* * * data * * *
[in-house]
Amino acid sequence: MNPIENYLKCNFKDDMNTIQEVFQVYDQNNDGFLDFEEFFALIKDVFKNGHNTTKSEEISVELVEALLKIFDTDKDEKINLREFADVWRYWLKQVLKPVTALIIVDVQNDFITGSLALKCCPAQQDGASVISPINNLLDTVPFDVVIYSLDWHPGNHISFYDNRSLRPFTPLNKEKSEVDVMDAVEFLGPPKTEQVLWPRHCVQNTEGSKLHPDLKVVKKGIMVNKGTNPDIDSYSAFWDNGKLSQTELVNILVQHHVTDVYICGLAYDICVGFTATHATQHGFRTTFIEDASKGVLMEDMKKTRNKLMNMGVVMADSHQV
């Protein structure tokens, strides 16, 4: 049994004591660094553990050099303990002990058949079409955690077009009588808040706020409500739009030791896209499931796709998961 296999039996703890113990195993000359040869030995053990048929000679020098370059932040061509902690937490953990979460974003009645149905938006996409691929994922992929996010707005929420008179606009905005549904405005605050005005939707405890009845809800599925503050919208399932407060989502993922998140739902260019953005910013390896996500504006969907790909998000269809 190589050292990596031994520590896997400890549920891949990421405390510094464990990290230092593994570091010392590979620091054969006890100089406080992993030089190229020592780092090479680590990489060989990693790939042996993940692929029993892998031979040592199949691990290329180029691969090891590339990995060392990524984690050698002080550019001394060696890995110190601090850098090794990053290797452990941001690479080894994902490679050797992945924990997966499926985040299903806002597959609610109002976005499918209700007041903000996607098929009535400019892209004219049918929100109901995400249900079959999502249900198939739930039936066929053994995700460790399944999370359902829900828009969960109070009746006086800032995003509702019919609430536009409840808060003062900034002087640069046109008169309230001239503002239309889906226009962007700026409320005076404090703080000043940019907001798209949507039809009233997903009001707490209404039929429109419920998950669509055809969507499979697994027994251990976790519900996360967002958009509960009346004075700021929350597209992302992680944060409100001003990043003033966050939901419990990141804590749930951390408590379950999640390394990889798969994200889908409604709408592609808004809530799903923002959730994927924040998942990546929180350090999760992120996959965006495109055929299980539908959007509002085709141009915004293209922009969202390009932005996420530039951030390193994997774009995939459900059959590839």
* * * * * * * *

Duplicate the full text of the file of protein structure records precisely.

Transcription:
[in-house]
Amino acid sequence: MNPIENYLKCNFKDDMNTIQEVFQVYDQNNDGFLDFEEFFALIKDVFKNGHNTTKSEEISVELVEALLKIFDTDKDEKINLREFADVWRYWLKQVLKPVTALIIVDVQNDFITGSLALKCCPAQQDGASVISPINNLLDTVPFDVVIYSLDWHPGNHISFYDNRSLRPFTPLNKEKSEVDVMDAVEFLGPPKTEQVLWPRHCVQNTEGSKLHPDLKVVKKGIMVNKGTNPDIDSYSAFWDNGKLSQTELVNILVQHHVTDVYICGLAYDICVGFTATHATQHGFRTTFIEDASKGVLMEDMKKTRNKLMNMGVVMADSHQV
């Protein structure tokens, strides 16, 4: 049994004591660094553990050099303990002990058949079409955690077009009588808040706020409500739009030791896209499931796709998961 296999039996703890113990195993000359040869030995053990048929000679020098370059932040061509902690937490953990979460974003009645149905938006996409691929994922992929996010707005929420008179606009905005549904405005605050005005939707405890009845809800599925503050919208399932407060989502993922998140739902260019953005910013390896996500504006969907790909998000269809 190589050292990596031994520590896997400890549920891949990421405390510094464990990290230092593994570091010392590979620091054969006890100089406080992993030089190229020592780092090479680590990489060989990693790939042996993940692929029993892998031979040592199949691990290329180029691969090891590339990995060392990524984690050698002080550019001394060696890995110190601090850098090794990053290797452990941001690479080894994902490679050797992945924990997966499926985040299903806002597959609610109002976005499918209700007041903000996607098929009535400019892209004219049918929100109901995400249900079959999502249900198939739930039936066929053994995700460790399944999370359902829900828009969960109070009746006086800032995003509702019919609430536009409840808060003062900034002087640069046109008169309230001239503002239309889906226009962007700026409320005076404090703080000043940019907001798209949507039809009233997903009001707490209404039929429109419920998950669509055809969507499979697994027994251990976790519900996360967002958009509960009346004075700021929350597209992302992680944060409100001003990043003033966050939901419990990141804590749930951390408590379950999640390394990889798969994200889908409604709408592609808004809530799903923002959730994927924040998942990546929180350090999760992120996959965006495109055929299980539908959007509002085709141009915004293209922009969202390009932005996420530039951030390193994997774009995939459900059959590839």